FRANKFURT (Reuters) - Sportswear firm Puma has won an injunction to stop fashion designer Philipp Plein from selling clothes in Germany bearing a tiger logo similar to its own leaping cat, Puma said on Thursday.
German born Plein started out in furniture design in the late 1990s and eventually switched to fashion, earning the name "King of Bling" in the media for his eccentric designs. Celebrities such as Lindsay Lohan and Fergie have featured in his advertising campaigns.
"At the end of 2017, we found out that he had started the new Plein-Sport line in which he reproduced this particular cat on t-shirts, hoodies, shoes and so on," Puma's head of intellectual property, Neil Narriman, said.
Some of Plein's clothes on the website feature a tiger's head while others are adorned with a leaping tiger. Narriman said there are also other design features similar to Puma's.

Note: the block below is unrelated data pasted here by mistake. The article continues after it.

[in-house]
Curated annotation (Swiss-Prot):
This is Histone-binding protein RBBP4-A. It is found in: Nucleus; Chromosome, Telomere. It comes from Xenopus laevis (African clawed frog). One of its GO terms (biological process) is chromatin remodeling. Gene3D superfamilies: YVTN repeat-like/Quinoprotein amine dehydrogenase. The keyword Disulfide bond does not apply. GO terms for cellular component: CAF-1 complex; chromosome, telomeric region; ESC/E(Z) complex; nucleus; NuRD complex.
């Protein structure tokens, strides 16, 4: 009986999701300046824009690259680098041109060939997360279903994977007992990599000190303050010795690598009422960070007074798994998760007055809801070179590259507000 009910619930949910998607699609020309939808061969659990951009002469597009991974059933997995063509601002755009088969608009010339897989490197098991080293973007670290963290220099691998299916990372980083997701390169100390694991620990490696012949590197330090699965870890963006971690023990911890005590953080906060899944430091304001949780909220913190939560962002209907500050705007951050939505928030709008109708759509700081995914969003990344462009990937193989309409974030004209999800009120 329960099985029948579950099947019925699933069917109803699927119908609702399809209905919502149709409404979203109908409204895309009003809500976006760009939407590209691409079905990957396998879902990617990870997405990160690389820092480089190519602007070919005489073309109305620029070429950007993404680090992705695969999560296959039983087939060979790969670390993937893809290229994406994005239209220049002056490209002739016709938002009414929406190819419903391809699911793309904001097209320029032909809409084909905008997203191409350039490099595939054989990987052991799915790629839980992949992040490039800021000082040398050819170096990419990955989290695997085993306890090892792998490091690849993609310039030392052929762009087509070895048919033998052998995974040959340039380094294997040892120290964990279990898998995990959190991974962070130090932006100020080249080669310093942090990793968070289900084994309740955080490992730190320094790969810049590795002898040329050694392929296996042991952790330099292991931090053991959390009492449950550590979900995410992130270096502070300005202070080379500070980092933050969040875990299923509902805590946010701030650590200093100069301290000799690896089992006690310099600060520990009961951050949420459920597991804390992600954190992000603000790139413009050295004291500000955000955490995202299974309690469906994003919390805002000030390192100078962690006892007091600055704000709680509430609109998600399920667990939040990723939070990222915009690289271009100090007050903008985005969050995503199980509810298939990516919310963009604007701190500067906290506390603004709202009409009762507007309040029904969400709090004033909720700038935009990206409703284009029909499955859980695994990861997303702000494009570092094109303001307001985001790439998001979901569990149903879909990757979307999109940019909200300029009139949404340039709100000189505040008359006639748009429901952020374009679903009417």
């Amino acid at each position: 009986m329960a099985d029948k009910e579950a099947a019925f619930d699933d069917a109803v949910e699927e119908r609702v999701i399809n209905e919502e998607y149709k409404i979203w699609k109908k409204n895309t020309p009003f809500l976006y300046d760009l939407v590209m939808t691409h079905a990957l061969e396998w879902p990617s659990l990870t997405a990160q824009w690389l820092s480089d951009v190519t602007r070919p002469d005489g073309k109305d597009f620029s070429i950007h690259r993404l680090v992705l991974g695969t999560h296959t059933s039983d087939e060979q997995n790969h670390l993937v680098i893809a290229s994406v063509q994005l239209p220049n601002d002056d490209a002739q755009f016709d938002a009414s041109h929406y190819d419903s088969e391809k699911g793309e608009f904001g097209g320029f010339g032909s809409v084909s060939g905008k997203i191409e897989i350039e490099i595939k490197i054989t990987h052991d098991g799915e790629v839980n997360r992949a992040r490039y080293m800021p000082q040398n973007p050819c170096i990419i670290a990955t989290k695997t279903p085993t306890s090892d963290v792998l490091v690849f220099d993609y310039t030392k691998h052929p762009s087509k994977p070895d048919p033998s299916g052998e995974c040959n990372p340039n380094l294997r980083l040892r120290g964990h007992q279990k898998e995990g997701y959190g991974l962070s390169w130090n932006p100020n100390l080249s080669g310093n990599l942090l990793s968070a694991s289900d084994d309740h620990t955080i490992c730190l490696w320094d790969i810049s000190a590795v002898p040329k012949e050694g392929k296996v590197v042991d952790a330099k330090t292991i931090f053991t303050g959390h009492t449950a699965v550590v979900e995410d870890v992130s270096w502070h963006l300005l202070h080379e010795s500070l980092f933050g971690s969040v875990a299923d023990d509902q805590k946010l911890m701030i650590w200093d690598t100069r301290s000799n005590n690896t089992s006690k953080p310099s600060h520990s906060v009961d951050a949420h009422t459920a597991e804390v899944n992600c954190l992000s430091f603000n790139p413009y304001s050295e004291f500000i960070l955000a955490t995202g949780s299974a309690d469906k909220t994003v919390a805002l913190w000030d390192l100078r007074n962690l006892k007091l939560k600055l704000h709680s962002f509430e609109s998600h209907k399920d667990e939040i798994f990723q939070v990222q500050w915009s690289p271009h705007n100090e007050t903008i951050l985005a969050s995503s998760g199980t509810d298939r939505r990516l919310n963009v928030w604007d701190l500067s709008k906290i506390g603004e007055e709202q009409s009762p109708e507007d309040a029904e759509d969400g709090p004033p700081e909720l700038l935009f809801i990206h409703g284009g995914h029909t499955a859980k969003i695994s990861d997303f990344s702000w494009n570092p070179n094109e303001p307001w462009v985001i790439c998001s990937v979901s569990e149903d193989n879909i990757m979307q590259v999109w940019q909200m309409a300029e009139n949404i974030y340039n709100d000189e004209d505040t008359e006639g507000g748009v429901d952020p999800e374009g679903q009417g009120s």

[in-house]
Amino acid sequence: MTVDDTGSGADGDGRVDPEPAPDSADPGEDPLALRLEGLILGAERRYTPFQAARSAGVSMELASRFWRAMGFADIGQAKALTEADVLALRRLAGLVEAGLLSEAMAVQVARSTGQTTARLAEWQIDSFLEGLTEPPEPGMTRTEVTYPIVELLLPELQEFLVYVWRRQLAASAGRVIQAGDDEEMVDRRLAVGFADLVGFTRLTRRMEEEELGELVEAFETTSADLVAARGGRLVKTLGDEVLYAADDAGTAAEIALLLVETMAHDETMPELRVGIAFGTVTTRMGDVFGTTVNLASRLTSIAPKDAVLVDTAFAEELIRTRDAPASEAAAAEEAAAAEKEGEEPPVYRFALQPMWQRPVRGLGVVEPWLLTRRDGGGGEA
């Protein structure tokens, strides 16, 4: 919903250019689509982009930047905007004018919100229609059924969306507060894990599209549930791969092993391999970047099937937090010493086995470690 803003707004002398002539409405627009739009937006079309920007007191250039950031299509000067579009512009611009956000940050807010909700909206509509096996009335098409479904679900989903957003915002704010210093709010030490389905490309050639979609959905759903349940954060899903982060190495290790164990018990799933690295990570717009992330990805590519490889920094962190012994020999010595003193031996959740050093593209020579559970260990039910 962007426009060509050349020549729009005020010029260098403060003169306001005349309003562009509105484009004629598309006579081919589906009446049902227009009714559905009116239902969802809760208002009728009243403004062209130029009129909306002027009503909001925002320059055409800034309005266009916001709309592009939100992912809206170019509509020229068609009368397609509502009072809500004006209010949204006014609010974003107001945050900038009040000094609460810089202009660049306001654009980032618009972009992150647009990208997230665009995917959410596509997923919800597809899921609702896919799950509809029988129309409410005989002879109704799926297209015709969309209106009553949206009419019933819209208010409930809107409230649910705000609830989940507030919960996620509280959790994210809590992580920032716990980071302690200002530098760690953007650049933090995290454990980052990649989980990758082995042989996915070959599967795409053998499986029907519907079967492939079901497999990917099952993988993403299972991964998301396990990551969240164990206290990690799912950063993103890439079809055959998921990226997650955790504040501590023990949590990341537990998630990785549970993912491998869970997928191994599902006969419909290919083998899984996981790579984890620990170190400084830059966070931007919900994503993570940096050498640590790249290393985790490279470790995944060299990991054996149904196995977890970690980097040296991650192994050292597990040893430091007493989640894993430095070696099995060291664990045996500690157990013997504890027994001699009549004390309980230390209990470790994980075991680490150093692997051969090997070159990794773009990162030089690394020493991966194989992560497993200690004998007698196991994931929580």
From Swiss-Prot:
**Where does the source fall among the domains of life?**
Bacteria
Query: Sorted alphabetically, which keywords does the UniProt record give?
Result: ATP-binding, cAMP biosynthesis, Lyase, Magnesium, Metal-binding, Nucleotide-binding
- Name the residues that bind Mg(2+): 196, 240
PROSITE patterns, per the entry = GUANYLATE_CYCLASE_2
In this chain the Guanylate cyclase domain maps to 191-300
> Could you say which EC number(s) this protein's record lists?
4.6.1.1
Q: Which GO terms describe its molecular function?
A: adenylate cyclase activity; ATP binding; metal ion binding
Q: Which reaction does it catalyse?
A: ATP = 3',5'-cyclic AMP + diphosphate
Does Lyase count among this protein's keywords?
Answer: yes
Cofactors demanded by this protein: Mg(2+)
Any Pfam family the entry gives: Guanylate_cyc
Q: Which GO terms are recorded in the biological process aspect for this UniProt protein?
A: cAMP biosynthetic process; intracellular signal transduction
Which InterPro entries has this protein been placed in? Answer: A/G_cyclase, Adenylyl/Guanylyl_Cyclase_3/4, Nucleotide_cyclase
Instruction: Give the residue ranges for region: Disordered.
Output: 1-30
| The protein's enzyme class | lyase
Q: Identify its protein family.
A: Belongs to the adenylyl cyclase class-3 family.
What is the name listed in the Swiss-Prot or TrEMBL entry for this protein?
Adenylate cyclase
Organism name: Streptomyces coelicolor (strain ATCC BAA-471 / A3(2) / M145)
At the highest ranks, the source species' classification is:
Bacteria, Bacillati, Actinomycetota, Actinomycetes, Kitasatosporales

Plein's company, based in Lugano, Switzerland, was not immediately available for comment on Thursday.
But in a posting on social media platform Instagram on Thursday, Plein announced a campaign offering customers a discount on Plein-Sport branded products in exchange for their used Puma shoes, using the slogan: "Don't be a puma, be a tiger".
He also told German daily Bild: "I really cannot see any similarity between the jumping kitty cat of (Puma) and our Plein-Sport tiger. We have done nothing wrong."
The court in Duesseldorf said it could not confirm it had issued an injunction because such information was generally not made public.
Puma's Narriman said the company had also obtained a court order against Plein similar to an injunction in the Netherlands and was prepared to take legal measures in other countries as well if necessary.
"But our whole purpose is not to fight for the sake of it... We want to find a resolution to this matter and not escalate," Narriman said.
(Reporting by Maria Sheahan; Editing by Elaine Hardcastle)
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